The journey from Tazkia to Ihsan is a path of continuous growth and development. It begins with the individual’s commitment to self-improvement and extends to a collective responsibility towards societal welfare. By nurturing the seed of faith through knowledge and righteous action, and then using that refined character to enact social reform, the believer can aspire to reach the state of excellence (Ihsan). This journey is not just a personal endeavor but a communal one, where each step taken by an individual contributes to the upliftment of the entire Ummah, and consequently to benefit humanity.

In embracing this journey, Muslims can transition from a state of average faith to one of excellence, embodying the transformative power of Islamic teachings. The path from Tazkia to Ihsan offers a clear roadmap for personal and communal development, inspiring believers to leave a lasting impact on the world and fulfill the Quranic vision of a just and compassionate society.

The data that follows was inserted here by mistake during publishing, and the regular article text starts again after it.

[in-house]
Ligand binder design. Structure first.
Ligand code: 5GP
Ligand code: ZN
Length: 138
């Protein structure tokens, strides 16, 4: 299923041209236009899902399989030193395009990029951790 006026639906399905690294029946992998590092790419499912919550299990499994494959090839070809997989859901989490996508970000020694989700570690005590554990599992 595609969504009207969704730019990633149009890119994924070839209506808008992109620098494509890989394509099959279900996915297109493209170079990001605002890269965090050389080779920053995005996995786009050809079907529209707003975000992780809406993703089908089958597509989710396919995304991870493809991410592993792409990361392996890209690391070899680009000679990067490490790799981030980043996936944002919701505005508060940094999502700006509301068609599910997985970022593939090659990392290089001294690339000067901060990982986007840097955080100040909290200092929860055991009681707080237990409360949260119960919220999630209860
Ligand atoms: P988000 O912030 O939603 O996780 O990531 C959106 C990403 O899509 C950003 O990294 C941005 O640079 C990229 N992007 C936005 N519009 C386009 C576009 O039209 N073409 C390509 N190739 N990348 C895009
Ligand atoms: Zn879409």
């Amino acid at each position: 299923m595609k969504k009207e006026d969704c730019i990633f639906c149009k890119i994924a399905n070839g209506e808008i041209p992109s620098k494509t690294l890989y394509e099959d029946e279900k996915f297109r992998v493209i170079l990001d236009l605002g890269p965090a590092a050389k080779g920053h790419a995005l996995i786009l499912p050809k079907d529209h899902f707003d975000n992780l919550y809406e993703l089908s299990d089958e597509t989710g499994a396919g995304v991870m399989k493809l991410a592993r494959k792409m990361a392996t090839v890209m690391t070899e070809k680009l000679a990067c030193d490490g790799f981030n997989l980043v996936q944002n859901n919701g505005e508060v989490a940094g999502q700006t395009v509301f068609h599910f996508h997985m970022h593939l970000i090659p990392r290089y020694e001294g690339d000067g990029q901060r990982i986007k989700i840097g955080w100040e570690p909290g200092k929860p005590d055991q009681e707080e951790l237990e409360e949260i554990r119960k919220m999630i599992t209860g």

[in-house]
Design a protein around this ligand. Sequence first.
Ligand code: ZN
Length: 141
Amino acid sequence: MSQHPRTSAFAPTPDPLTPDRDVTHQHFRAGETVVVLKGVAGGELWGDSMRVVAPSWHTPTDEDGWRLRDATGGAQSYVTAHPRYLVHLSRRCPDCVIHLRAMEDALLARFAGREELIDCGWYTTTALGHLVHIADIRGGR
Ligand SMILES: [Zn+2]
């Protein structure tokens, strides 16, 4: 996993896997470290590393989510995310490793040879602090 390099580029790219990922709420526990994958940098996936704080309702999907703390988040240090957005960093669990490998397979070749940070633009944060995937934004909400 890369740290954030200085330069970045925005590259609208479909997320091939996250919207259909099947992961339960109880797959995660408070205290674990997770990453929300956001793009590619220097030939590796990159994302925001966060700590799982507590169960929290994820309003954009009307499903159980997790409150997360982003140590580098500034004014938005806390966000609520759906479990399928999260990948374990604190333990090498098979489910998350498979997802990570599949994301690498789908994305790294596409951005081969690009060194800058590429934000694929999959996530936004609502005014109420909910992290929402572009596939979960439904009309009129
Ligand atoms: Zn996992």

Ihsan, which means excellence in belief is the neglected one third of our deen. Ihsan is the fruit that blossoms from our planted trees and shows up when the roots are strong and nourished, free from disease and harmful insects. If we fail to nourish our Iman by submitting to Allah, we will bear no fruit and our soul will die. This is why we are experiencing a state of stagnation at this time. But look into the Islamic legacy. It is rich with commitment to excellence. All the achievements in art, science, architecture, literature, geography, politics, economics, social movement, philosophy, medicine and more came from the Muslims’ desire to attain Ihsan. Ihsan is our lost treasure that we must unearth and revive. This is how we intend to revive the Ummah and start talking about the promising future instead of the glorious past.

In conclusion, Ihsan is not just a lofty ideal but a practical guide for living a life of purpose and impact. It is the conscious effort to reflect the divine attributes in human actions, nurturing a legacy of excellence that transcends time and space. For indeed, in the pursuit of Ihsan lies the promise of divine favor, for there is no reward for Ihsan but Ihsan itself.

by Safi Kaskas